Mothers & Sons: Feminism, Masculinity, and the Struggle to Raise Our Sons

By Andrea O'Reilly | Go to book overview

NOTES
1.
The disparagement and erasure of the mother which these texts enact may also, as many feminist theorists have argued, be interpreted psychoanalytically as bespeaking both male fear of maternal power and the need to deny and repress the feminine in order to construct a masculine identity. Nancy Chodorow in The Reproduction of Mothering argues that the father's absence from the home in the sons' early years necessitates the son defining his masculinity by negation; that which his mother is, he is not. As well, for the infant son, the powers of the mother appear limitless. Our individual flesh-and-blood mother is also identified archetypally with the primordial Great Mother, who held very real life-and-death powers over mortal men. In our individual and collective unconsciousness we remember that time when we lived under the mother's power in the pre-Oedipal and prepatriarchal world. Dorothy Dinnerstein in The Mermaid and the Minotaur maintains that fear and hatred of women and mothers in particular originate from the infant's experiences of dependency and helplessness, which in turn come to structure adult consciousness.
2.
Mothers and Sons, though written by the Australian writer Babette Smith, advances an Anglo-American view on feminism in general and the mother-son relation in particular.
3.
For a detailed discussion of sensitive mothering, please see my article, “'Ain't That Love?': Antiracism and Racial Constructions of Motherhood” in Everyday Acts Against Racism, ed. Maureen Reddy (Seattle: Seal Press, 1996), 88-98.
4.
This is examined at length in my two recent articles on Anglo-American feminist theory and the mother-daughter relation: “Across the Divide: Contemporary Anglo-American Feminist Theory on the Mother-Daughter Relationship” in Redefining Motherhood: Changing Identities and Patterns, ed. Sharon Abbey and Andrea O'Reilly (Toronto: Second Story Press, 1998), 69-91; and “Mothers, Daughters and Feminism Today: Empowerment, Agency, Narrative, ” in Canadian Women's Studies 18:2 & 3 (Summer/Fall 1998), 16-21. See also the introduction to Mothers and Daughters: Connection, Empowerment, Transformation, ed. Andrea O'Reilly and Sharon Abbey (New York: Rowman and Littlefield, 2000).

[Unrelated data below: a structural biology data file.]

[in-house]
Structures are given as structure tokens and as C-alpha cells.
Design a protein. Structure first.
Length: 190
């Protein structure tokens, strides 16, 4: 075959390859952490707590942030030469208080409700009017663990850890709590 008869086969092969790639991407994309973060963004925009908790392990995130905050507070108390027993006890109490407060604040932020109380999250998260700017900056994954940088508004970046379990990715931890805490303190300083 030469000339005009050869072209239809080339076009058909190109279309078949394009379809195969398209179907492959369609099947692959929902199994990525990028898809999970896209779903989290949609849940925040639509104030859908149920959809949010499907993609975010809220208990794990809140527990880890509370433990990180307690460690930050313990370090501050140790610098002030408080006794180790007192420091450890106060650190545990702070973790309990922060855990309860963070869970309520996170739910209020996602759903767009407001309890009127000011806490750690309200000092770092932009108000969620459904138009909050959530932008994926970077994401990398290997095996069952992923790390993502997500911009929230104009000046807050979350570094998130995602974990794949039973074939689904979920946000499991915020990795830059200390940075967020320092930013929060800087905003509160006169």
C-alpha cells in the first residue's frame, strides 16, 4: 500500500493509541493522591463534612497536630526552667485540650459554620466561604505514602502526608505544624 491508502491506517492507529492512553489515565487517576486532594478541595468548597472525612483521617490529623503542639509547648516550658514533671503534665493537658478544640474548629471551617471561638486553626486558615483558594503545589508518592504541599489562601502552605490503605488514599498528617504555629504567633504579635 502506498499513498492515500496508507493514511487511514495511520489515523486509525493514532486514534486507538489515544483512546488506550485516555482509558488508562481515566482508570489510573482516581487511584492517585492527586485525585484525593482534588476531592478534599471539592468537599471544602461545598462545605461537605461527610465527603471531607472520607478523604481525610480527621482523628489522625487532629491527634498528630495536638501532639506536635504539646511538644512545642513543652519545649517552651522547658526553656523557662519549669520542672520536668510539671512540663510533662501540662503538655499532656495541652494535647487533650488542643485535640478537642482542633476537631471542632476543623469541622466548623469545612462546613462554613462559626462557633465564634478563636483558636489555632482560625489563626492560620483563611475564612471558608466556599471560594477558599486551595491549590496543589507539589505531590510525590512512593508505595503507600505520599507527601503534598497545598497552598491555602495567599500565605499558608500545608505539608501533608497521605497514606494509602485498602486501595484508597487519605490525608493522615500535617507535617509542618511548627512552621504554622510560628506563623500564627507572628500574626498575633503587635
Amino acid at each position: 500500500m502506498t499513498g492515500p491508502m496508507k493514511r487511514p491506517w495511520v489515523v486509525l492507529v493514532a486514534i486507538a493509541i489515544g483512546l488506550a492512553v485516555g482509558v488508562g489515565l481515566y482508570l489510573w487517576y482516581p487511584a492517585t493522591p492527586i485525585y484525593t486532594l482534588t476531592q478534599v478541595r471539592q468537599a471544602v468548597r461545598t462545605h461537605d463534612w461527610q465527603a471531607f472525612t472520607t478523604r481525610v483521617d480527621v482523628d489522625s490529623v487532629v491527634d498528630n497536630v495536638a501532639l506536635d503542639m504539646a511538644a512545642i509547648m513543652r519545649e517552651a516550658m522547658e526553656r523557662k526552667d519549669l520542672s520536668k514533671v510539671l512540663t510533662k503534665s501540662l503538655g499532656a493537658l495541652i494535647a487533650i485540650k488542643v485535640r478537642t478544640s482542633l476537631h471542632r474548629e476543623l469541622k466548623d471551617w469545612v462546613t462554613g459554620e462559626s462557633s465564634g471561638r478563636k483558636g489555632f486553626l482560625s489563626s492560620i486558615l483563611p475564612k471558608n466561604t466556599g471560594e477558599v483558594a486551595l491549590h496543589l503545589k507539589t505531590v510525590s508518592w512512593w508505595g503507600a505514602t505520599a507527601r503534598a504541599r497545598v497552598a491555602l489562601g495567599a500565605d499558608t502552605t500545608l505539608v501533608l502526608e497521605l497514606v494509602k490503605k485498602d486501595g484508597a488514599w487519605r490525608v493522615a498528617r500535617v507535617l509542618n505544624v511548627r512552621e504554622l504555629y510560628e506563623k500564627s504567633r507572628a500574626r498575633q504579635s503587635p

5.
African-American motherhood has been examined in recent African-American feminist theory. See in particular Patricia Hill Collins, Black Feminist Thought: Knowledge, Consciousness and the Politics of Empowerment (New York: Unwin Hyman/Routledge, 1990); “The Meaning of Motherhood in Black Culture and Black Mother-Daughter Relationships” in Double Stitch: Black Women Write about Mothers and Daughters, ed. Patricia Bell-Scott and Beverly Guy-Sheftall (New York: HarperPerennial, 1993), 42-60; “Shifting the Center: Race, Class, and Feminist Theorizing about Motherhood” in Mothering: Ideology, Experience, and Agency, ed. Evelyn Nakano Glenn, Grace Chang, and Linda

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Mothers & Sons: Feminism, Masculinity, and the Struggle to Raise Our Sons
Table of contents

Table of contents

  • Title Page iii
  • Contents v
  • Acknowledgments vii
  • Introduction 1
  • Notes 19
  • Works Cited 20
  • I - Mothering and Motherhood 23
  • 1 - Who Are We This Time? 25
  • 2 - Mothering Sons with Special Needs 42
  • Works Cited 55
  • 3 - Masculinity, Matriarchy, and Myth a Black Feminist Perspective 56
  • Works Cited 69
  • 4 - Mothers, Sons, and the Art of Peacebuilding 71
  • Works Cited 88
  • 5 - In Black and White Anglo-American and African-American Perspectives on Mothers and Sons 91
  • Notes 116
  • Works Cited 117
  • II - Men and Masculinities 119
  • 6 - Swimming Against the Tide Feminists' Accounts of Mothering Sons 121
  • Notes 137
  • 7 - Feminist Academic Mothers' Influences on Their Sons' Masculinity 141
  • Works Cited 155
  • 8 - Lesbians Raising Sons Bringing Up a New Breed of Men 157
  • 9 - Can Boys Grow into Mothers? Maternal Thinking and Fathers' Reflections 163
  • III - Mothers and Sons: Connections and Disconnections 183
  • 10 - Raising Relational Boys 185
  • Notes 215
  • 11 - Attachment and Loss 217
  • Works Cited 233
  • 12 - Mother-Son Relationships in the Shadow of War 235
  • Notes 249
  • Works Cited 250
  • 13 - This is Leave-Taking Mothers, Signatures, and Countermemory 251
  • Notes 263
  • List of Contributors 265
  • Index 271
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